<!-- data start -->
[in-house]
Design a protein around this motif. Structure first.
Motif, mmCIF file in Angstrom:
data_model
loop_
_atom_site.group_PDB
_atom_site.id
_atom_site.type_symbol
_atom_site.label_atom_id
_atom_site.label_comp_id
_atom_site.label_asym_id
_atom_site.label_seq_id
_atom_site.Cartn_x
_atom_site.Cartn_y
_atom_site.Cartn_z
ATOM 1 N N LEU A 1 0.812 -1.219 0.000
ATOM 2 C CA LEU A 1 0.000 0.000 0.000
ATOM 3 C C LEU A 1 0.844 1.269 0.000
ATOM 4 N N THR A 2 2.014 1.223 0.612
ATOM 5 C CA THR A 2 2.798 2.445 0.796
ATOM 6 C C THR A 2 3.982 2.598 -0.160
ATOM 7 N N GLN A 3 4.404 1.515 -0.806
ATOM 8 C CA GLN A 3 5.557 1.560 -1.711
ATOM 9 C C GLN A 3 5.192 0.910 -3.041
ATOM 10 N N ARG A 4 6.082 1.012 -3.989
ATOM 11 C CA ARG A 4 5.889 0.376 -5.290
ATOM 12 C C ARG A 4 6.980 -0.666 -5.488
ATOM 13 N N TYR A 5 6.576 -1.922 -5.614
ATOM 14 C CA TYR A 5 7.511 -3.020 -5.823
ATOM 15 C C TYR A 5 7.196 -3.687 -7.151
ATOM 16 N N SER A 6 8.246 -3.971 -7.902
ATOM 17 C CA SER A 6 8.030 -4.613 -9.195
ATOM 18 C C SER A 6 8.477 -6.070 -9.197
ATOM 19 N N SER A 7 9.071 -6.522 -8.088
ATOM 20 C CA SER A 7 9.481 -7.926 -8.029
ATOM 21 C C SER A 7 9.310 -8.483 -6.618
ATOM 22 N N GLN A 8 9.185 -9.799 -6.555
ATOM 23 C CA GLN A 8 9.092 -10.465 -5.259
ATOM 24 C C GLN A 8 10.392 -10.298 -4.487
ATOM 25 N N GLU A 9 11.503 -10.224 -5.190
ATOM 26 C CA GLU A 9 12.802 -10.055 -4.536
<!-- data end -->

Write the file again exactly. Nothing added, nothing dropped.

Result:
[in-house]
Design a protein around this motif. Structure first.
Motif, mmCIF file in Angstrom:
data_model
loop_
_atom_site.group_PDB
_atom_site.id
_atom_site.type_symbol
_atom_site.label_atom_id
_atom_site.label_comp_id
_atom_site.label_asym_id
_atom_site.label_seq_id
_atom_site.Cartn_x
_atom_site.Cartn_y
_atom_site.Cartn_z
ATOM 1 N N LEU A 1 0.812 -1.219 0.000
ATOM 2 C CA LEU A 1 0.000 0.000 0.000
ATOM 3 C C LEU A 1 0.844 1.269 0.000
ATOM 4 N N THR A 2 2.014 1.223 0.612
ATOM 5 C CA THR A 2 2.798 2.445 0.796
ATOM 6 C C THR A 2 3.982 2.598 -0.160
ATOM 7 N N GLN A 3 4.404 1.515 -0.806
ATOM 8 C CA GLN A 3 5.557 1.560 -1.711
ATOM 9 C C GLN A 3 5.192 0.910 -3.041
ATOM 10 N N ARG A 4 6.082 1.012 -3.989
ATOM 11 C CA ARG A 4 5.889 0.376 -5.290
ATOM 12 C C ARG A 4 6.980 -0.666 -5.488
ATOM 13 N N TYR A 5 6.576 -1.922 -5.614
ATOM 14 C CA TYR A 5 7.511 -3.020 -5.823
ATOM 15 C C TYR A 5 7.196 -3.687 -7.151
ATOM 16 N N SER A 6 8.246 -3.971 -7.902
ATOM 17 C CA SER A 6 8.030 -4.613 -9.195
ATOM 18 C C SER A 6 8.477 -6.070 -9.197
ATOM 19 N N SER A 7 9.071 -6.522 -8.088
ATOM 20 C CA SER A 7 9.481 -7.926 -8.029
ATOM 21 C C SER A 7 9.310 -8.483 -6.618
ATOM 22 N N GLN A 8 9.185 -9.799 -6.555
ATOM 23 C CA GLN A 8 9.092 -10.465 -5.259
ATOM 24 C C GLN A 8 10.392 -10.298 -4.487
ATOM 25 N N GLU A 9 11.503 -10.224 -5.190
ATOM 26 C CA GLU A 9 12.802 -10.055 -4.536